After months of summertime heat, the arrival of cooler fall weather offers an opportunity for many of us to open our windows and enjoy the fresh air. It also means that our seasonal residents and winter visitors, many of whom are elderly, will be arriving soon to enjoy our mild climate. Unfortunately open doors and windows also signal an easy opportunity for criminals who often prefer to target elderly victims. For this reason I am once again offering some advice on how to avoid becoming the victim of a crime.
One of the best ways to prevent crime has always been to eliminate the opportunity for a crime to occur. For example, there are many ways to minimize you chances of becoming the victim of a burglary; however the most basic way to do so is to lock your doors and windows. If windows must be left open while you are away from your home, do not leave them open wide enough for a person to climb through. A window lock is suggested to prevent an intruder from forcing them open any wider. Other suggestions include the use of an alarm system, trimming vegetation away that blocks a clear view of possible entry points, and removing valuables from plain sight.
In addition to home burglaries, distraction type thefts also increase during the fall and winter months. Elderly victims are most often the target of these crimes in which the suspect has one main objective that is crucial to their success – getting inside a home. Over the years a wide variety of ruses have been used to perpetrate this type of crime, and they all involve conning the victim into allowing someone inside their home. Once inside the suspect distracts the victim in a specific area of the home as an accomplice enters surreptitiously and steals cash, jewelry, and other valuables. After the accomplice commits the crime, the suspect responsible for distracting the victim will complete their “work” and leave the home. In some cases the theft is discovered shortly afterward, but in some cases the crime may go undetected for several days or weeks.
Common diversions include a suspect posing as a repairman, a utility worker or a private contractor who arrives at a residence without an appointment. Reasons for entering a home have included testing water quality, water pressure, and the condition of sewer lines. Other techniques involve an outdoor distraction such as the unsolicited verification of property lines, and most recently as a pest control service specializing in snakes. In cases where a victim has been approached or lured outside, another suspect has entered the home through an unlocked door or window to commit a theft.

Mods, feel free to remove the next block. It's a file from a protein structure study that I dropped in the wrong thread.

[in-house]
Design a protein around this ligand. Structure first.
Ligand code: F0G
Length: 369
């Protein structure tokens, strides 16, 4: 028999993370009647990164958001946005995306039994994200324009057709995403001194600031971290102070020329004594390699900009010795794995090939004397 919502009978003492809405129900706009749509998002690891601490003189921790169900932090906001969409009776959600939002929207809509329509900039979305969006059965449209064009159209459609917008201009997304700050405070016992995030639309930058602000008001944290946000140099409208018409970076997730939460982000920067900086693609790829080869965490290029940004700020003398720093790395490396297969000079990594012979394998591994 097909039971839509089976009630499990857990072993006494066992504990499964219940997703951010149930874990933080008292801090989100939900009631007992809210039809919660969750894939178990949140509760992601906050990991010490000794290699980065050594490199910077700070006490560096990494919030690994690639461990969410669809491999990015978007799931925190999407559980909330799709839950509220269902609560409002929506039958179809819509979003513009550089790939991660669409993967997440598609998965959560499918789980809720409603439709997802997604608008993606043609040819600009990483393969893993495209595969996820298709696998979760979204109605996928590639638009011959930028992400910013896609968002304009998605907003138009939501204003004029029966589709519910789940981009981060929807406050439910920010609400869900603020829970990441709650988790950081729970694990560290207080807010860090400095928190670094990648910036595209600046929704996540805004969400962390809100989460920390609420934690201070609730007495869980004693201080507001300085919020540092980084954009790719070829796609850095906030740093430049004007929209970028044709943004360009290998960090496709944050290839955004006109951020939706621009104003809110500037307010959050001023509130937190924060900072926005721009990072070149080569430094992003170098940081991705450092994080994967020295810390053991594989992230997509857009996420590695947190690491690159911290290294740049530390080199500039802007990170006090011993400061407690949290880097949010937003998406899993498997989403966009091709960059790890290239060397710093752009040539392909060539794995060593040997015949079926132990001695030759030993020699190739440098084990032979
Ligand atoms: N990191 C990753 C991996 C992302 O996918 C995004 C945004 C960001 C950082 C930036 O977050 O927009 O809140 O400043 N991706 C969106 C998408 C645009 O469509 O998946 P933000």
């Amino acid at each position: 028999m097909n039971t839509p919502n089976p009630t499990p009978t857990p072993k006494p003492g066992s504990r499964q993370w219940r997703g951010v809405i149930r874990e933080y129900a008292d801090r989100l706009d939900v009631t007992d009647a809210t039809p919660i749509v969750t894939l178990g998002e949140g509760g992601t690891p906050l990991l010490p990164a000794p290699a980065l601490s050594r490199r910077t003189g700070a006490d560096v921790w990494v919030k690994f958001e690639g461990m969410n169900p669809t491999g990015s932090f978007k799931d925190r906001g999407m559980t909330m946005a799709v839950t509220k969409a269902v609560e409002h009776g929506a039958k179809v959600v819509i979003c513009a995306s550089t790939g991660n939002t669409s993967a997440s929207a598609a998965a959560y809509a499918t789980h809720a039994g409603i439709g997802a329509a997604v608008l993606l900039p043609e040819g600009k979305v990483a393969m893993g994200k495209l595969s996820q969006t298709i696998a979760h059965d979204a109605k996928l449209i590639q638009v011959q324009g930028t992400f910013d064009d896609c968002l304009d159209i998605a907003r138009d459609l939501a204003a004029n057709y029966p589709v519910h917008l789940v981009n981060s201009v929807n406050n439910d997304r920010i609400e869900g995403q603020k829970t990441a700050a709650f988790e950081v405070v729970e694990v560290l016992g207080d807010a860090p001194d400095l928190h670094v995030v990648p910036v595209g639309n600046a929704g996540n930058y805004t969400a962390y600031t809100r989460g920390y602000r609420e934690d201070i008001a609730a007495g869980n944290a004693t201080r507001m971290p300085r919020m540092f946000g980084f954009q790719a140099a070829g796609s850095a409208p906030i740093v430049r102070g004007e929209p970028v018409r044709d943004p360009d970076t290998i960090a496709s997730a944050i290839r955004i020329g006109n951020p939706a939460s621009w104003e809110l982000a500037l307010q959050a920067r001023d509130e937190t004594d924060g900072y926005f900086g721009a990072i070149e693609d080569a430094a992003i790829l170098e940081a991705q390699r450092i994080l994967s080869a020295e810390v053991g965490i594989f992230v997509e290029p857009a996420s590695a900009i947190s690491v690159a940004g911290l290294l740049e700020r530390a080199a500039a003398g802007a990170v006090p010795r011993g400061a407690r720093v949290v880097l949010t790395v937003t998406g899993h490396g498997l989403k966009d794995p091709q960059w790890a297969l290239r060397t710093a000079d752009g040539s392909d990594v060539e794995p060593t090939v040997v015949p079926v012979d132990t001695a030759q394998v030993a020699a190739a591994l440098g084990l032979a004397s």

As Sheriff, I strongly recommend that you never allow a stranger inside your home for any reason without verifying a legitimate need for them to do so. Exercise caution when you are approached by a stranger. It is very important to remember that once they have been allowed inside your home; neither you nor your belongings are safe.
As always I recommend that if a repairman or utility employee arrives unexpectedly at your door, ask them for their identification and then have them wait outside while you call the service to verify their identification. Remember, you do not have to let them inside your home. If you are uncomfortable, you can tell them that you will call to make an appointment for another time. If they do not want to come inside but instead ask you to accompany them outside, lock your door behind you and make sure doors and windows that are out of your view are also locked.
If you believe someone is acting suspiciously, you should notify the Sheriff’s Office or your local police department to report your concerns right away. If possible write down a description of the person you are reporting as well as any companion, and remember to include a description of any vehicle they might be using for transportation.
By remaining vigilant you can help us achieve our goal of “Leading The Way For A Safer Pinellas.” If you would like additional crime prevention tips please contact the Sheriff’s Office Crime Prevention Unit at (727) 582-5611. additional information about how you can secure your vessel, contact the Pinellas County Sheriff’s Marine Enforcement Unit at (727) 518-3434. Preventing vessel theft is just one more way you can help us to achieve our goal of “Leading The Way For A Safer Pinellas.”